Now... Anytime you are dealing with optics you have to talk about "parallax." Parallax is the difference in the in the apparent position of an object viewed along different lines of sight. For instance, hold out your arm, close one eye and sight directly down that arm on some point on the wall. Now open your other eye and close the original one. From the view of your other eye you are no longer sighted directly upon the same point. This makes a big difference when we are talking about gun sights. When looking down iron sights, the aim point seems to change according to where you hold your cheek on the butt stock (called the cheek weld). So, when you zero your iron sights you have to find the exact same cheek weld EVERY time you aim. Any deviation to this cheek weld, and your shot will be off. It is one of the frustrating things about trying to get consistent accurate shots with iron sights. It is also why shooting is a perishable skill. You forget where that cheek weld is, and you need to find it again.
The Reflex sight is essentially "Parallax free." What that means is that the holographic image, called the "reticle," will be on the bullet strike point, no matter where the shooter is looking at the reticle. The cheek weld can be different each time, and the aim point will be where it is zeroed. It takes a lot of the guess work right out of shooting.
One of the things you try to do in tactical shooting is to aim with both eyes open. You do this to keep aware of your surroundings, maintain depth perception, and to prevent blurred vision in the closed eye. Using iron sights, keeping both eyes open is very difficult. The image of your sights is blurry, or split or any number of problems. It gives you a head ache. The reflex sight is designed to be essentially ignored. You bring the weapon up and just look out on to your targets as you normally would the projected reticle simply shows up in your plane of view as if it is floating in air.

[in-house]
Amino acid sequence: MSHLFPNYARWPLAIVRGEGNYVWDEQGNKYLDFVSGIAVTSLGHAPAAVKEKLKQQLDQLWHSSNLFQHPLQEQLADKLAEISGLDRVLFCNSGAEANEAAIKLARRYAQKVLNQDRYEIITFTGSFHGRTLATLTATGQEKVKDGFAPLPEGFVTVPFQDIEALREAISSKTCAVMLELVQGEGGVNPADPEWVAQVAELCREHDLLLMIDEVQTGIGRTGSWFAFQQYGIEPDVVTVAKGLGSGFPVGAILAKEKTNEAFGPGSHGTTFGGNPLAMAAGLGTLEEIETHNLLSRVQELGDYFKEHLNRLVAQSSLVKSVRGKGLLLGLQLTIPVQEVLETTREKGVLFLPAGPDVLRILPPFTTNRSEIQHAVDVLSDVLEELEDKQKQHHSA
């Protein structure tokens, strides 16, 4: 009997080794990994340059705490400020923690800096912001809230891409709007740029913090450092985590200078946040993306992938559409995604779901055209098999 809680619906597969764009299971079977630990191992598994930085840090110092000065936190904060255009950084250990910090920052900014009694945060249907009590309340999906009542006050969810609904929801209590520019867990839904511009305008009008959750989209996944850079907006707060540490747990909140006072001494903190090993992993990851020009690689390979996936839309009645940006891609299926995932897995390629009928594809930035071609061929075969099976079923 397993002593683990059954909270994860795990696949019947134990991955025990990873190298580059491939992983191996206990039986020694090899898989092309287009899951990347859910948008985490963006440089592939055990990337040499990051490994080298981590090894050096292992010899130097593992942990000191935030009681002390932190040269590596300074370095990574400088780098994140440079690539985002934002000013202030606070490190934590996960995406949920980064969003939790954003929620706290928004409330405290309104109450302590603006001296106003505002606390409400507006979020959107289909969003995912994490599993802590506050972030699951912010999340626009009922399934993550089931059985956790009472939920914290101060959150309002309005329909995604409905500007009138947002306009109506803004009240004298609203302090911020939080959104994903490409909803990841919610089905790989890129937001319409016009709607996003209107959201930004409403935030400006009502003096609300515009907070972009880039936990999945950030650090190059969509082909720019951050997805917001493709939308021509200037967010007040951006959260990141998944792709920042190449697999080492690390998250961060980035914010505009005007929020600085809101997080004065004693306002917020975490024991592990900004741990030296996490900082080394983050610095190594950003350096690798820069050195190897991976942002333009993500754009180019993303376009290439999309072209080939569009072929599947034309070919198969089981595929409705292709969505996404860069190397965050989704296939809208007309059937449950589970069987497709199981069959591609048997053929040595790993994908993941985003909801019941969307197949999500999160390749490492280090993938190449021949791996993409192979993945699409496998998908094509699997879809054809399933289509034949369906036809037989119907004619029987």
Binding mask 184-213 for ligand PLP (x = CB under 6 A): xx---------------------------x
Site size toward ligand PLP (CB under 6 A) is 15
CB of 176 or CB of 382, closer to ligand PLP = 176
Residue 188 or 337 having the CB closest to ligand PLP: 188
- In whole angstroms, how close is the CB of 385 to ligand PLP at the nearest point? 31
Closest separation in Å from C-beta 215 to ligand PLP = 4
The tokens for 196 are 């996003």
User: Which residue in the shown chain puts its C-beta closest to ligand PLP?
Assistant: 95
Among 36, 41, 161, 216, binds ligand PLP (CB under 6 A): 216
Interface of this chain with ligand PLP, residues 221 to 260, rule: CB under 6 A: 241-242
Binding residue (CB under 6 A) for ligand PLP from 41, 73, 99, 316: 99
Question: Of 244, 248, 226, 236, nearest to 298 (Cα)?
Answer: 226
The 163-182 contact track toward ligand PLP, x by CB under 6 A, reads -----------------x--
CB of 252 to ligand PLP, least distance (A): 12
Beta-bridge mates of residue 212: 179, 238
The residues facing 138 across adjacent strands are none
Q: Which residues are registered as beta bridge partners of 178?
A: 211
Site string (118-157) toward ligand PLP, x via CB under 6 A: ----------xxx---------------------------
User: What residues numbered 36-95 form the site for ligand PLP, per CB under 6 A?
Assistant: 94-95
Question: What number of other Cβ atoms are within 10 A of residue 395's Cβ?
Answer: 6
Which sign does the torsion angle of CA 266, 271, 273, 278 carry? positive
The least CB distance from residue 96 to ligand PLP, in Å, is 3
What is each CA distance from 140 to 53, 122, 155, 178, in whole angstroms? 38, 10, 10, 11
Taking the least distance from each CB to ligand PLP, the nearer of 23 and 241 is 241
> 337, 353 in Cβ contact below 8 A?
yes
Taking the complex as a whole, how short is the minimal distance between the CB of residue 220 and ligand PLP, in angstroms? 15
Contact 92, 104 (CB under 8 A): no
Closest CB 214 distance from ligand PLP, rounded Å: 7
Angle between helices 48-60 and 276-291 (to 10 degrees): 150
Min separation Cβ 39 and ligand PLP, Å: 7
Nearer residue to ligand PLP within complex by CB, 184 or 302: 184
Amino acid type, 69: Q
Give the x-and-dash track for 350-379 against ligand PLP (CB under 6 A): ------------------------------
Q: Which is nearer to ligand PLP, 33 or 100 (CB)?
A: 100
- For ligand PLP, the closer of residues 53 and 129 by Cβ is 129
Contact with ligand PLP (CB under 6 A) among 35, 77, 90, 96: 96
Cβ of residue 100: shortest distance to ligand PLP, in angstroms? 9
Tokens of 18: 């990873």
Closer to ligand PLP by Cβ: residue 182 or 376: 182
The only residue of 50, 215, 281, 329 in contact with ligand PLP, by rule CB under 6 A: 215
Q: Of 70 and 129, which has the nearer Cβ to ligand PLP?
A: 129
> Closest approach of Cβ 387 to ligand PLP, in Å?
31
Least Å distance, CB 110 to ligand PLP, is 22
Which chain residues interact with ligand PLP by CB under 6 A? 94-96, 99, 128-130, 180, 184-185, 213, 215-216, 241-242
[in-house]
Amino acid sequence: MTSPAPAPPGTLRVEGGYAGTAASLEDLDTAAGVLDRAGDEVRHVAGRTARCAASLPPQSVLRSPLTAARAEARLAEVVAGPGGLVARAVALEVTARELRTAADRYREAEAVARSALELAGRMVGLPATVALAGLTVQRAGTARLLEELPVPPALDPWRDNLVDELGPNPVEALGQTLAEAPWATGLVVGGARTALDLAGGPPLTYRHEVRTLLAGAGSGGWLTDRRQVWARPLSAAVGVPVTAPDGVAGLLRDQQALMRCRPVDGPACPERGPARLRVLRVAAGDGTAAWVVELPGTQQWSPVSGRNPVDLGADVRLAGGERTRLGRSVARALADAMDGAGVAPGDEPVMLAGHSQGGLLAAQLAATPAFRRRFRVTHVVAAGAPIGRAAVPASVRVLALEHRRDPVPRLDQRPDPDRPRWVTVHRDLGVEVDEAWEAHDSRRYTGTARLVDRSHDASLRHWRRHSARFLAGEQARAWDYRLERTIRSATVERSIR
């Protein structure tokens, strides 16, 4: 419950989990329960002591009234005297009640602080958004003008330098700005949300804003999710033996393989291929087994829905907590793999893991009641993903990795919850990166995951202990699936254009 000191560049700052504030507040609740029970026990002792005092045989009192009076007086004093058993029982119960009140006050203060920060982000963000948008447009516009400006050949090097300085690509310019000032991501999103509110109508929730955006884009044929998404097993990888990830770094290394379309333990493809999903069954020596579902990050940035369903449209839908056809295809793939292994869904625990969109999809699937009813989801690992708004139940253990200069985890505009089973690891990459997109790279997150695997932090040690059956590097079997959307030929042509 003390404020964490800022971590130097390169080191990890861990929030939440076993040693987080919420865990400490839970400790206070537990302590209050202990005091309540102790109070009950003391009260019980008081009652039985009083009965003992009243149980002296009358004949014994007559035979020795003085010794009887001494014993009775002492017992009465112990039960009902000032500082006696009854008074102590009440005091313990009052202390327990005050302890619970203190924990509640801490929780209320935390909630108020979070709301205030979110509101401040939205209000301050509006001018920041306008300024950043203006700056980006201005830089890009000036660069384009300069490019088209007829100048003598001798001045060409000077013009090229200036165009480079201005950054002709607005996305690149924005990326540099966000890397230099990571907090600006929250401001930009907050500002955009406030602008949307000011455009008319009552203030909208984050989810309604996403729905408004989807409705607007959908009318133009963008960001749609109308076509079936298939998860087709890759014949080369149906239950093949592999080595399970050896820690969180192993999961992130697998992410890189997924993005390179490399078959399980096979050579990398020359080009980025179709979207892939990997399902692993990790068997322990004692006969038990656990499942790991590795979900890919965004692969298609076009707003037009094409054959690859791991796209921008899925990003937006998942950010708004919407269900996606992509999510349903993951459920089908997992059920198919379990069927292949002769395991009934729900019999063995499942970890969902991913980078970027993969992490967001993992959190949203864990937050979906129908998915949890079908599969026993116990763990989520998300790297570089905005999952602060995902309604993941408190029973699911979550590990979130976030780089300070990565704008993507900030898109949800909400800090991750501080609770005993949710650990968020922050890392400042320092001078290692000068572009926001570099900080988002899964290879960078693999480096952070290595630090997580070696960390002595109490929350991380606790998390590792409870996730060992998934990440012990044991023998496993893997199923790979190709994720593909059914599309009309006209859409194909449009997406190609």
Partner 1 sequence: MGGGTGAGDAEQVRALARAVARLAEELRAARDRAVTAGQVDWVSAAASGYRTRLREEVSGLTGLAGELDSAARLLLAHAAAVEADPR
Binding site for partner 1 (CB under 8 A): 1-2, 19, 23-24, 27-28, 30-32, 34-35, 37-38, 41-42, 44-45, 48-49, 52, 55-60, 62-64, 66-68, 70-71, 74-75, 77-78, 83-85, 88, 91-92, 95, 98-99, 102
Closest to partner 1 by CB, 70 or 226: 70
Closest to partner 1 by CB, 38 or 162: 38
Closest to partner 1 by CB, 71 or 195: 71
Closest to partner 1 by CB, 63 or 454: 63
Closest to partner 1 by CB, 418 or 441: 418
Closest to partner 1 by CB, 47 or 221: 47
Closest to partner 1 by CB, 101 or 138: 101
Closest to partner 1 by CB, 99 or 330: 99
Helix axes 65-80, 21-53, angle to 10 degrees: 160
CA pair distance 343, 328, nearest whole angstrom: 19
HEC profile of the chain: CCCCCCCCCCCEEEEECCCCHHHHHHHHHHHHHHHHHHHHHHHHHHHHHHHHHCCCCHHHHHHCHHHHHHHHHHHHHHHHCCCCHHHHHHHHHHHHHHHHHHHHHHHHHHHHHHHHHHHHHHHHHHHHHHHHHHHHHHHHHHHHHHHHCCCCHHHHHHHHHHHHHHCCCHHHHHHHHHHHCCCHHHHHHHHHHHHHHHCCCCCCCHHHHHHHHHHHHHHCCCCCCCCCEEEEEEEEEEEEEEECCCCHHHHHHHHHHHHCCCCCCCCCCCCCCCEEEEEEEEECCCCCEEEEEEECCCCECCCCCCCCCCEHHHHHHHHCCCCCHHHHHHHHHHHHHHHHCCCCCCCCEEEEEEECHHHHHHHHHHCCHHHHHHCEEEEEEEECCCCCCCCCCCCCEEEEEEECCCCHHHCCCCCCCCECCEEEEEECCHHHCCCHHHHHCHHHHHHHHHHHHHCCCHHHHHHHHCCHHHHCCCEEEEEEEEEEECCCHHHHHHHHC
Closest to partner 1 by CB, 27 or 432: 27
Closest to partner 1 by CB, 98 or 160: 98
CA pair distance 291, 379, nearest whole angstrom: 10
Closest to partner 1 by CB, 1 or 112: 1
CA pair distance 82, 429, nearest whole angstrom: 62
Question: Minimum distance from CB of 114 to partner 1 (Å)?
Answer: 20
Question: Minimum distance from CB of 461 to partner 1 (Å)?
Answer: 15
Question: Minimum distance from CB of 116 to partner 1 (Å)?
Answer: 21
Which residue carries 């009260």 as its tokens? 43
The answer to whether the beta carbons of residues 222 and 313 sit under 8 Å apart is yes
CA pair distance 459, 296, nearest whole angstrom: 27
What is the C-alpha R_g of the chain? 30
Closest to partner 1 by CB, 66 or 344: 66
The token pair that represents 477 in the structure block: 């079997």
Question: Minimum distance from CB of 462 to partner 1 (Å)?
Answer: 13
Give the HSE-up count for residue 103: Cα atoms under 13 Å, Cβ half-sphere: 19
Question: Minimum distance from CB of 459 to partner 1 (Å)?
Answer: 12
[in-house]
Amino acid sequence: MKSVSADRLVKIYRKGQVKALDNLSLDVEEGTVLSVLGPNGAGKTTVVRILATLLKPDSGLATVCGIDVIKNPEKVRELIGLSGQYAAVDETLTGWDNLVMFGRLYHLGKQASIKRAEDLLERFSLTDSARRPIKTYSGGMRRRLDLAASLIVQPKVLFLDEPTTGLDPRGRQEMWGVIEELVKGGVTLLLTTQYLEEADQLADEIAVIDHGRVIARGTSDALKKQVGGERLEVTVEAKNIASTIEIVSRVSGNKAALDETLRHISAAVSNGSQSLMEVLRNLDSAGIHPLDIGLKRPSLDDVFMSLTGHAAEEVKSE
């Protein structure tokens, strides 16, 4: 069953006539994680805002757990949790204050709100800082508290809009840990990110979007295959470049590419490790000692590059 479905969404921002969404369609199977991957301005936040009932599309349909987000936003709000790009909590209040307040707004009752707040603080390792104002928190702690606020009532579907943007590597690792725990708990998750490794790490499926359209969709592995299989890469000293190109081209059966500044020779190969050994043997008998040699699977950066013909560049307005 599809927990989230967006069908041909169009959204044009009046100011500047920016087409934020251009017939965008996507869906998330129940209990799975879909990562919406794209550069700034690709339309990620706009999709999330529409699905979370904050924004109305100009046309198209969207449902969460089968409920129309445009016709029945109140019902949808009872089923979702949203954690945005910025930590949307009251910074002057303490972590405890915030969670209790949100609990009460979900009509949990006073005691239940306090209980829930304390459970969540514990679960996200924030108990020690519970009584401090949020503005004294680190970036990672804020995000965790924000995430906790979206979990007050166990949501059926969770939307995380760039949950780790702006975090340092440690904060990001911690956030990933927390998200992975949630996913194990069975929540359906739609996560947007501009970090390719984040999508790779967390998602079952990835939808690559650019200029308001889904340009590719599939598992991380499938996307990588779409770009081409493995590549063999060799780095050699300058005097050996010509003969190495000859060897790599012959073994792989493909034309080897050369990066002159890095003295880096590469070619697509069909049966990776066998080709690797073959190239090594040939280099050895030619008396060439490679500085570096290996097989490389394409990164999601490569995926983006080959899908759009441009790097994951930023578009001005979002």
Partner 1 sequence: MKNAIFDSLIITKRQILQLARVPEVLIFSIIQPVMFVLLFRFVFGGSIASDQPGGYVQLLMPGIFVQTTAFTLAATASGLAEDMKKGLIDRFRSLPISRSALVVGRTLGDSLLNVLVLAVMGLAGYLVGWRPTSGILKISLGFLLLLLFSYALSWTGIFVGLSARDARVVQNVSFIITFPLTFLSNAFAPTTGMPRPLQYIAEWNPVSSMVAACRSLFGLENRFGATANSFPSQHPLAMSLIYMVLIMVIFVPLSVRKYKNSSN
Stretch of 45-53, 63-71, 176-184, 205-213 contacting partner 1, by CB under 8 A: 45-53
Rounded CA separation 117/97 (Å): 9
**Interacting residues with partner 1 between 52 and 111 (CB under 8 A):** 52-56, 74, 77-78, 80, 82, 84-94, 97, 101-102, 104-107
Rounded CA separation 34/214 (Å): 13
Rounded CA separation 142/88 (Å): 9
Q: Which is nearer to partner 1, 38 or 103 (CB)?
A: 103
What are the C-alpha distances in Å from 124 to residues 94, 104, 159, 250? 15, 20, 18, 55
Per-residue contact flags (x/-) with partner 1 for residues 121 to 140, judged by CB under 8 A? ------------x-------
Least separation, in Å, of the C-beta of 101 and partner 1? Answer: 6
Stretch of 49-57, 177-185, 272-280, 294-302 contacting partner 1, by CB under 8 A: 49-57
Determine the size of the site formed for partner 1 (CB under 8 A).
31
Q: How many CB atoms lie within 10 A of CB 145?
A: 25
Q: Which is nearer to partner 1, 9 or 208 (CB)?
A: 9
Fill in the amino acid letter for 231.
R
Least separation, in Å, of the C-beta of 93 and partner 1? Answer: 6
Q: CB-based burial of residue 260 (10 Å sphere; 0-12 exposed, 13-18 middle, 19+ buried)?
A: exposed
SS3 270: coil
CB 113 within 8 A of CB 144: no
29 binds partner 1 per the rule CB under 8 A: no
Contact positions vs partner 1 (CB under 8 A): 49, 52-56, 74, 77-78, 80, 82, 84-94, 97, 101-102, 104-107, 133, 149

I bought the Sightmark and put it on my SCAR along with an inexpensive fore-grip. The "bad ass" factor of the rifle went up about 10 points.
I took the rifle to zero the sight. The difference in shooting with the reflex sight and without is a night and day difference. It is like going from a black and white 10 inch television to a brand new High Definition 70 inch TV. It absolutely redefines shooting. I the ONLY thing I have in my experience to compare the difference to is going from flying the traditional "steam" instruments in the airplane to a glass cockpit. Like flying with just a paper map and a compass to moving map GPS. After taking the first look through that sight, just as just as I knew I would never fly without a GPS again, I knew that I would never shoot iron sights again. The optic is an absolute necessity after the very first shot.
However, the sight is designed with the iron sights in mind. If you run out of battery charge, you don't need to remove the optic in order to use your iron sights. You simply flip up the sights and aim through the viewing screen just as if it wasn't there. Very cool!!
The only regret I have in my purchase is that I didn't buy something more robust. When I break the Sightmark, and I will break it, It is just that flimsy, but what can you expect for $40??, I will look in to getting the Eotech that my SWAT buddy likes so much.
My SCAR 17s with the fore-grip and Sightmark Sure Shot Reflex Sight